Also in Scientific mode, you can press F3 to select Degrees, F4 for Radians, and F5 for Grads.
Cat just walked over the keyboard on my Windows PC and opened the calculator.
Didn't even know there *was* a shortcut key for that.
— Rob H&ynes (@RobOnABike) March 16, 2015
In the Programmer calculator, pressing F5 will select Hex, F6 will choose Dec, F7 corresponds to Oct mode, and F8 selects Bin. You can also press Space to toggle individual bit values. ^ corresponds to Xor, ~ is for Not, while & corresponds to And.
In Statistics view, press S to calculate the sum, CTRL + S for Sum Sq, T for the S.D. button, and D for the CAD button. CTRL + T will trigger Inv S.D.
The Windows Magnifier makes your screen easier to read with several modes. While there are only a few shortcuts for it, they can make navigating with the magnifier much easier.
Instead of struggling with the mouse while zoomed in, just press WIN (+) + or WIN (+) – to zoom in or out.
When using full screen mode, CTRL + ALT + Space lets you preview the full screen (essentially just lets you see where you’re zoomed at in relation to the whole screen).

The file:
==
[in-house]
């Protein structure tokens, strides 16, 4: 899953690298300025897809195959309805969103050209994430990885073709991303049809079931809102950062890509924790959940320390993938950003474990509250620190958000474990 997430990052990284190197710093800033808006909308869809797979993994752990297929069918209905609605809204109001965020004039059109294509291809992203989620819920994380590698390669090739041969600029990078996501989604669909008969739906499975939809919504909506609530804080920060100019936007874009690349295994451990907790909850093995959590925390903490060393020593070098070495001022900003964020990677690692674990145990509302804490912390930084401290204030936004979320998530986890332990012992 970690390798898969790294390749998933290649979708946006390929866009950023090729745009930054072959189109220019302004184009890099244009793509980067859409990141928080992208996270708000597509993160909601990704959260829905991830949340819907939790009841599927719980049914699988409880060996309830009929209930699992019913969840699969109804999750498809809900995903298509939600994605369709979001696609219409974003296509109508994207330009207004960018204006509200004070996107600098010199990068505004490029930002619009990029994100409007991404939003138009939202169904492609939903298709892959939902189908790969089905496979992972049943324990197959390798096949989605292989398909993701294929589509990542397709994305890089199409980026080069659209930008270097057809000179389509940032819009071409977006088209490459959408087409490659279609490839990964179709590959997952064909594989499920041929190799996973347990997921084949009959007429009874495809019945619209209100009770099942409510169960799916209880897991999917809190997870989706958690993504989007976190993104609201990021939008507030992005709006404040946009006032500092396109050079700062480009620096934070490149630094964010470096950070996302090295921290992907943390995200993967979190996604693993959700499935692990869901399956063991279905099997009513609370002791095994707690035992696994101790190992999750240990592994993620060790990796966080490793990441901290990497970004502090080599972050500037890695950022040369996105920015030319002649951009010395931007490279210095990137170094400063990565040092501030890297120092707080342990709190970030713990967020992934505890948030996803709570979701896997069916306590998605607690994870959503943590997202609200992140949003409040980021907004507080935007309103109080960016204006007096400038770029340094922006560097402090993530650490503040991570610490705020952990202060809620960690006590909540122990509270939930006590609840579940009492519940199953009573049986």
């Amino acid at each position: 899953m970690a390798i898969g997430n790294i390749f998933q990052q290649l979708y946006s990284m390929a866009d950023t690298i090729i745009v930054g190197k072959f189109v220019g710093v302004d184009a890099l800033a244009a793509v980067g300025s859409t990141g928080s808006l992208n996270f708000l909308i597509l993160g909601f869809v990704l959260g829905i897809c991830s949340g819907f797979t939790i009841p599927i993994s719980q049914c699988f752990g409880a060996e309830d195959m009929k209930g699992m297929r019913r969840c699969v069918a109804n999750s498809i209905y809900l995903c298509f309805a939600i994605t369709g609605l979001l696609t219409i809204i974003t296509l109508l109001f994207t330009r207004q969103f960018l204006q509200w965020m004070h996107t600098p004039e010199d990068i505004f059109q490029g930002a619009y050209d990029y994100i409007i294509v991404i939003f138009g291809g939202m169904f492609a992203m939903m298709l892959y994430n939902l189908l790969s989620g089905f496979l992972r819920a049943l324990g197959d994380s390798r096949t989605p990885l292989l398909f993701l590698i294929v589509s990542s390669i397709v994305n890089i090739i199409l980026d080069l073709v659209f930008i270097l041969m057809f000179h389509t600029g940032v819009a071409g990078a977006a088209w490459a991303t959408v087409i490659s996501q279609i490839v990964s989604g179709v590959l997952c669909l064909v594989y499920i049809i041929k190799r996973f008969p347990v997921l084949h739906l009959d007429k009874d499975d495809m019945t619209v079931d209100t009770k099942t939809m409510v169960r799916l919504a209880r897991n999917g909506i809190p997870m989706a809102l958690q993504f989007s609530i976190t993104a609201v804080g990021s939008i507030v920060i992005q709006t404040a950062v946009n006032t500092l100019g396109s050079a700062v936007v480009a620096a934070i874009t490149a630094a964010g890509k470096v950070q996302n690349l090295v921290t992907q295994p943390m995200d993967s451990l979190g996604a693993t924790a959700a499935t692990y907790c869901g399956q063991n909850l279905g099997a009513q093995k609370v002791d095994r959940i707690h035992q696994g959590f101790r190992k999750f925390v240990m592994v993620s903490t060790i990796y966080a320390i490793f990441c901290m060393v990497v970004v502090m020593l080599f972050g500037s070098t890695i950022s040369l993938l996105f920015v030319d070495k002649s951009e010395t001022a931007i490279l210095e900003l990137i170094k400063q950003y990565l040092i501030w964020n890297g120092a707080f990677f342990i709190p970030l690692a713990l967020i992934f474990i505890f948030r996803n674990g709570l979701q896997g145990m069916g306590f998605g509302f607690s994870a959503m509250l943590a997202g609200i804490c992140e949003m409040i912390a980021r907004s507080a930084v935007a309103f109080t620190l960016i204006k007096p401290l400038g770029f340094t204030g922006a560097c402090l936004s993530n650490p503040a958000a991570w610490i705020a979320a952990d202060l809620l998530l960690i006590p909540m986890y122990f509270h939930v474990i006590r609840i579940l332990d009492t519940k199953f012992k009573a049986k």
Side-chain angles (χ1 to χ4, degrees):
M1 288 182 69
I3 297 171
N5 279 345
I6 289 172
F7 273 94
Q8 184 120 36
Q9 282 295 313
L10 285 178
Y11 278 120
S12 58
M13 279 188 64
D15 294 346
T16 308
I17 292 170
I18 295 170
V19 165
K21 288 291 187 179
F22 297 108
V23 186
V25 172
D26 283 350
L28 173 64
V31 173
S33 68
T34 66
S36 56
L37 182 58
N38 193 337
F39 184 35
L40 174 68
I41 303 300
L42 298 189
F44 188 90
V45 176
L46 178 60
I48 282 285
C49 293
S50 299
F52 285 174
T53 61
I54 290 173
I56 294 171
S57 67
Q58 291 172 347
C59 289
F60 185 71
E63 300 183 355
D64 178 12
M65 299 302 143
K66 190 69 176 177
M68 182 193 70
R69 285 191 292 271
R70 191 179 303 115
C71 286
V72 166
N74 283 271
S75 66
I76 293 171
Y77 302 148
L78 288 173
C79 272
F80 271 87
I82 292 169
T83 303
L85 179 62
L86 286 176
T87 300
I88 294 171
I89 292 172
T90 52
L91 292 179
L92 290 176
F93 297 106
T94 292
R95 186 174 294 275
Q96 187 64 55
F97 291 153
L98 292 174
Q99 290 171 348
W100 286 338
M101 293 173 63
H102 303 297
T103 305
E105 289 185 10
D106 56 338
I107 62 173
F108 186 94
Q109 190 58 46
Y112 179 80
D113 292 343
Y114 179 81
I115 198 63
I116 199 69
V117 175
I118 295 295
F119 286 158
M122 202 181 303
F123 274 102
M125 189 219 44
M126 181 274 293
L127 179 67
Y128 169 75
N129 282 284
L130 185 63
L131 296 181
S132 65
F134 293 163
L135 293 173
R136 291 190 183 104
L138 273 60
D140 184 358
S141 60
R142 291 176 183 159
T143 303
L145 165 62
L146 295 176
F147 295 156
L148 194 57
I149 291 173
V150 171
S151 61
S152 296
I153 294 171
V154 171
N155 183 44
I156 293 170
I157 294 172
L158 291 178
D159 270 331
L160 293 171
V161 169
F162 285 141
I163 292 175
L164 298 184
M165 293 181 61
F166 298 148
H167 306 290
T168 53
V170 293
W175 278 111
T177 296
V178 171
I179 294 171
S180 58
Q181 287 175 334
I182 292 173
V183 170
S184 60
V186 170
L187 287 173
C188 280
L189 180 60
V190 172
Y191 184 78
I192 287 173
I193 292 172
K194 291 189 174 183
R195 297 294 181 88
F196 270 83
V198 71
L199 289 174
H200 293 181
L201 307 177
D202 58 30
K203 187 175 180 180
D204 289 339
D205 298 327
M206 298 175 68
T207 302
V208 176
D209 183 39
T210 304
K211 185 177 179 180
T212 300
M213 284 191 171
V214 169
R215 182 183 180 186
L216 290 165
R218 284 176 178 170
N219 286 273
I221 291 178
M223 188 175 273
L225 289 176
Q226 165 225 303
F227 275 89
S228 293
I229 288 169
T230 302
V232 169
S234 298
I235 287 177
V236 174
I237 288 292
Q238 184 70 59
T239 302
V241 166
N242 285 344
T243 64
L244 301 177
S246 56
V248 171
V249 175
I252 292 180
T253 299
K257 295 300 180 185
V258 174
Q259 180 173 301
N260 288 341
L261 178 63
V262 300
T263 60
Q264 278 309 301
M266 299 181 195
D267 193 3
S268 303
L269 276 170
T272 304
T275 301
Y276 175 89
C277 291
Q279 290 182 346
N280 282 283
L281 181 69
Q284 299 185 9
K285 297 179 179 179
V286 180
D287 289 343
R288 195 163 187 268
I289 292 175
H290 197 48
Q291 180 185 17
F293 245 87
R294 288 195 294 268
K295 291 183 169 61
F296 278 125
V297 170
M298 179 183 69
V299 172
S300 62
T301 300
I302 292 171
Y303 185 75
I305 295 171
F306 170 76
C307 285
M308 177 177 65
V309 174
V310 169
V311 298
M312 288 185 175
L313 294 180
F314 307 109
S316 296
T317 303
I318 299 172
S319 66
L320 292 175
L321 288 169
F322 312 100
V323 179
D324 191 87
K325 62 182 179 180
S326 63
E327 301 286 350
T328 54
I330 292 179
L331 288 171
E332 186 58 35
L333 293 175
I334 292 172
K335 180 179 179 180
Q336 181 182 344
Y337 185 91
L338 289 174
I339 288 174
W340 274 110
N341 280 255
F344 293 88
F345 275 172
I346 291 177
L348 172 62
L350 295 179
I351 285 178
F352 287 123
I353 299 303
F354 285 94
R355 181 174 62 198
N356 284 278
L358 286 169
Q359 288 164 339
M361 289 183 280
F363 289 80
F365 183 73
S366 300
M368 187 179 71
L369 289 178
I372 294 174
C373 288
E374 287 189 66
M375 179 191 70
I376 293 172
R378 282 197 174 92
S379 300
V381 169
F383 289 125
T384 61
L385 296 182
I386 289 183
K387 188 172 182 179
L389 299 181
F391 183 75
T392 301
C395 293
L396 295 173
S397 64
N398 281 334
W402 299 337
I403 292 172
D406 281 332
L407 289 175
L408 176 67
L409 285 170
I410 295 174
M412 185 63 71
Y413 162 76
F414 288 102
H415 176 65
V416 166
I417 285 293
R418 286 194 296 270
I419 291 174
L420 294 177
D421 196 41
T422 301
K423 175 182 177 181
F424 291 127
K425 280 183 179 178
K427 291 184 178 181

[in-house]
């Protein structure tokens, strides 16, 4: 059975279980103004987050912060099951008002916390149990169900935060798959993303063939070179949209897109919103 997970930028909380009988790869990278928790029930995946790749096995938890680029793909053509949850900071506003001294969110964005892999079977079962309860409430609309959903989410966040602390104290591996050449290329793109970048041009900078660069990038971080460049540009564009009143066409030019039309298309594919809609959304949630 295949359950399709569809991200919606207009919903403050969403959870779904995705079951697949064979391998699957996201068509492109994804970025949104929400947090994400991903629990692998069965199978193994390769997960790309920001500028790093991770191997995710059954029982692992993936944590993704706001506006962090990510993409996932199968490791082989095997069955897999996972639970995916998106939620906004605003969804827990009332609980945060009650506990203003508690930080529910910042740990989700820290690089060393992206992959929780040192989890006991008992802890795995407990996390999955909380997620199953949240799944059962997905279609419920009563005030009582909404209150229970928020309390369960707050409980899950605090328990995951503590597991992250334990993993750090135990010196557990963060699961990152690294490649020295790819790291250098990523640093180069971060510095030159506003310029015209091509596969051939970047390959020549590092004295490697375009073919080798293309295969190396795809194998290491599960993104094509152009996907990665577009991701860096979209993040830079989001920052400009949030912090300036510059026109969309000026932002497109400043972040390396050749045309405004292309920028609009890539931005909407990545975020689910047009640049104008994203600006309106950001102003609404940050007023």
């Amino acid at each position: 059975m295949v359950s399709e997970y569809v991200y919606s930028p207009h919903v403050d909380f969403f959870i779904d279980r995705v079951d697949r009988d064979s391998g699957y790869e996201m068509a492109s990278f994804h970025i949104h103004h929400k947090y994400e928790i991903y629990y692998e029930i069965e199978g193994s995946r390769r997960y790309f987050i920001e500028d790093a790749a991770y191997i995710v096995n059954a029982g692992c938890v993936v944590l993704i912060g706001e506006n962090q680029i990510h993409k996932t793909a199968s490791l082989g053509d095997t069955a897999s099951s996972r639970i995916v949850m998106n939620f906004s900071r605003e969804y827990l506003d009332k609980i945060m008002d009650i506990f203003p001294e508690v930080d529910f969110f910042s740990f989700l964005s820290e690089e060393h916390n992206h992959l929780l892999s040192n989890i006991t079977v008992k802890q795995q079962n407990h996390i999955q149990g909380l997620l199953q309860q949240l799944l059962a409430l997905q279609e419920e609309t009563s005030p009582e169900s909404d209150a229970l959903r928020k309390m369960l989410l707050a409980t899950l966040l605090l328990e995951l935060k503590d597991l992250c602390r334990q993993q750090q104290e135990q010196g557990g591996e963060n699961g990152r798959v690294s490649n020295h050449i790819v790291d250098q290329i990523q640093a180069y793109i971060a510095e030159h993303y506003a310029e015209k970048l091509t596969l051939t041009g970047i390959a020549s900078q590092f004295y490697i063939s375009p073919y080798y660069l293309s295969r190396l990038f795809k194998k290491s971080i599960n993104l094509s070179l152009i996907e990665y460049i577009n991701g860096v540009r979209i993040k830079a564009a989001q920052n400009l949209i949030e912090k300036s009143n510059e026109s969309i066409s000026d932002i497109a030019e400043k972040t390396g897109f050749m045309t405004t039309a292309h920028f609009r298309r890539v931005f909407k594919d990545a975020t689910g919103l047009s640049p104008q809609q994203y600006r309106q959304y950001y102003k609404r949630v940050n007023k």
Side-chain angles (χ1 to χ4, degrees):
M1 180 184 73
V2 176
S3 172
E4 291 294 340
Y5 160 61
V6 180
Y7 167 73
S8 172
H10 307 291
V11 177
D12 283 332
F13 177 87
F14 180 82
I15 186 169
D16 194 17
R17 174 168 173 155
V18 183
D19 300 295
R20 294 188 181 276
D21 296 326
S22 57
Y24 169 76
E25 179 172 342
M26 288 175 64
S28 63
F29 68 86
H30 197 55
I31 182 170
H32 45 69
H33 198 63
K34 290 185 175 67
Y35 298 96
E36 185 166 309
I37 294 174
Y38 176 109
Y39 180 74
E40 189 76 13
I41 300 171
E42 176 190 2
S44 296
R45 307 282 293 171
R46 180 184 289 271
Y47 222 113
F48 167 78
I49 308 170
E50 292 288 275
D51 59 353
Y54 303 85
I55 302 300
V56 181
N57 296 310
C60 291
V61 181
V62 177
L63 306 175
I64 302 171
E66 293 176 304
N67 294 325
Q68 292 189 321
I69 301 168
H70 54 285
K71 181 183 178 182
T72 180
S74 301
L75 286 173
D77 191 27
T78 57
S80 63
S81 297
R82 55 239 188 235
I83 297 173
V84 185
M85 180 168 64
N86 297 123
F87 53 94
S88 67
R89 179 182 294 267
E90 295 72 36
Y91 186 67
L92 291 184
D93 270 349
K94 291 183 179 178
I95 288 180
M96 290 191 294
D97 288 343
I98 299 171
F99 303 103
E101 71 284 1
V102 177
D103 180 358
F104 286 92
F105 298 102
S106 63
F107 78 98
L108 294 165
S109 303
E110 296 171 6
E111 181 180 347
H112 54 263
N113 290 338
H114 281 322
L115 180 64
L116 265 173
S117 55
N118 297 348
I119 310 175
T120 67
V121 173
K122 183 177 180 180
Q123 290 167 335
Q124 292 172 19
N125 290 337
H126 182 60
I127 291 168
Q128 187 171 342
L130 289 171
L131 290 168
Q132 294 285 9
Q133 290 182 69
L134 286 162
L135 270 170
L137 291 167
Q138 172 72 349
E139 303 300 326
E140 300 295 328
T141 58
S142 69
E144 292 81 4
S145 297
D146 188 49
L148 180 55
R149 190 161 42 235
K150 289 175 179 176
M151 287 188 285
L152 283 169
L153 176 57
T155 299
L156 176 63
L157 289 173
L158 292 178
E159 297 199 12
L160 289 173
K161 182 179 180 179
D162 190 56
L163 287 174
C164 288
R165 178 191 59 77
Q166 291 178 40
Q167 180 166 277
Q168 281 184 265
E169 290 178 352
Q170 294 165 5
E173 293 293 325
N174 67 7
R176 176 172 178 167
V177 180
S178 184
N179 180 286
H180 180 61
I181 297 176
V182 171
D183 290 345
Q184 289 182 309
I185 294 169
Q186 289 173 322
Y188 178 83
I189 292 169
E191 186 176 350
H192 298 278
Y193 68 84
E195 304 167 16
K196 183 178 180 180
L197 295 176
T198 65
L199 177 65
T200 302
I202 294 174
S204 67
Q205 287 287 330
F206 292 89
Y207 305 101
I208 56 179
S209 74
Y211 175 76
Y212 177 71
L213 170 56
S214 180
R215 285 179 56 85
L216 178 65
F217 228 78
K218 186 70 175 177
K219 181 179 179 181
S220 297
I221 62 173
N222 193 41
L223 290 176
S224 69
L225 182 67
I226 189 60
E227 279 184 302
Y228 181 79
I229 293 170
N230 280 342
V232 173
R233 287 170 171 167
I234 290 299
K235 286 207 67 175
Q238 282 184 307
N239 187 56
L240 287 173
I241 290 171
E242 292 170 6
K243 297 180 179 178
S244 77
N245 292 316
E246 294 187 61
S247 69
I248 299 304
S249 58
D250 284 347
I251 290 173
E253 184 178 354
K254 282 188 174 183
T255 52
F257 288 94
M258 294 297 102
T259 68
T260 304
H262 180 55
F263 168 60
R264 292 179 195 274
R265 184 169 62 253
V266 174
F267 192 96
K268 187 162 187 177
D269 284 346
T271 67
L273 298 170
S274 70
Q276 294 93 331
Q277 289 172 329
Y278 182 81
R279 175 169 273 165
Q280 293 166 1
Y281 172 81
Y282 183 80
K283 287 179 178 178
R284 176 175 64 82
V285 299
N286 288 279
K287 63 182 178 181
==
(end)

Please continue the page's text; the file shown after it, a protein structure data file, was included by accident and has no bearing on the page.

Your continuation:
You can switch between modes with shortcuts. Use CTRL + ALT + F to switch to full-screen mode; CTRL + ALT + L switches to Lens mode, and CTRL + ALT + D enables Docked mode.
CTRL + ALT + I will invert all colors on the screen (this looks pretty wild, but can be used to make nighttime reading easier on your eyes!)
CTRL + ALT + R will enter the lens resizing mode (when you’re using the lens), where you can move the mouse to change the size and layout of the lens. This is useful if you’re reading a lot of horizontal text, for instance.
If you get stuck in the magnifier and don’t know what to do, simply press WIN + ESC to exit!
I've got my Windows magnifier filling-up the bottom eighth of my viewscreen at 250% magnification. I'm slowly getting used to it.
— Facebook End-User (@moremoreenough) October 6, 2015
Now you have plenty of ways to whiz around your favorite Windows applications. There are even more shortcuts for programs like WordPad, but that isn’t used as often as these. Don’t forget you can press F1 at any time to open the Help dialogue in most programs and find even more shortcuts!
Are you an Office junkie? Find out how you can get all the Office shortcuts you’ll ever need.
What default Windows programs do you utilize shortcuts in? Were any of these a surprise to you? Let us know how you use shortcuts in the comments below!